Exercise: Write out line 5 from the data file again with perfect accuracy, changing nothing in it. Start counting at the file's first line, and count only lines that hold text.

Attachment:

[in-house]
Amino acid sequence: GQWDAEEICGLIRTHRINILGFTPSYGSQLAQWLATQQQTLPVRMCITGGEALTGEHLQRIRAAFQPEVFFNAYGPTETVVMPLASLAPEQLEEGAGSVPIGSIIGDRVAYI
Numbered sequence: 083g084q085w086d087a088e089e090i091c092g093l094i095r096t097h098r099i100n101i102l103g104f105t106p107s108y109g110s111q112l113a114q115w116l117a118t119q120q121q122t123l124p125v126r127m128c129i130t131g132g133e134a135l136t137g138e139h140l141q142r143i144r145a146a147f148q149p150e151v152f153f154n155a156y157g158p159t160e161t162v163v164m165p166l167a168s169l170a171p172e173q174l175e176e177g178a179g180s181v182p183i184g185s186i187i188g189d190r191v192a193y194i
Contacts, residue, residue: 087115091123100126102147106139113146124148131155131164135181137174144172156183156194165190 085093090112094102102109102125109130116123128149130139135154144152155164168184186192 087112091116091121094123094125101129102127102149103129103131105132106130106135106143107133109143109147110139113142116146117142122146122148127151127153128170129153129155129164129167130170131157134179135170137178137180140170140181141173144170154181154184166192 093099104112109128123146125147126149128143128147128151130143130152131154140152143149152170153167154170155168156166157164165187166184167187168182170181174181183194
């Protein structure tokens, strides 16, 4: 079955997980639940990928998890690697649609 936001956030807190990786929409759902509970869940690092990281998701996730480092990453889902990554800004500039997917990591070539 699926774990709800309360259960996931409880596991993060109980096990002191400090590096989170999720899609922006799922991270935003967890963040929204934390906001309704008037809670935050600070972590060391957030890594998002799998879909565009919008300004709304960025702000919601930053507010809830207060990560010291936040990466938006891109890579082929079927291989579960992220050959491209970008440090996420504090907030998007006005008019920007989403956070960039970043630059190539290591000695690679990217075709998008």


């Protein structure tokens, strides 16, 4: 079955997980639940990928998890690697649609 936001956030807190990786929409759902509970869940690092990281998701996730480092990453889902990554800004500039997917990591070539 699926774990709800309360259960996931409880596991993060109980096990002191400090590096989170999720899609922006799922991270935003967890963040929204934390906001309704008037809670935050600070972590060391957030890594998002799998879909565009919008300004709304960025702000919601930053507010809830207060990560010291936040990466938006891109890579082929079927291989579960992220050959491209970008440090996420504090907030998007006005008019920007989403956070960039970043630059190539290591000695690679990217075709998008």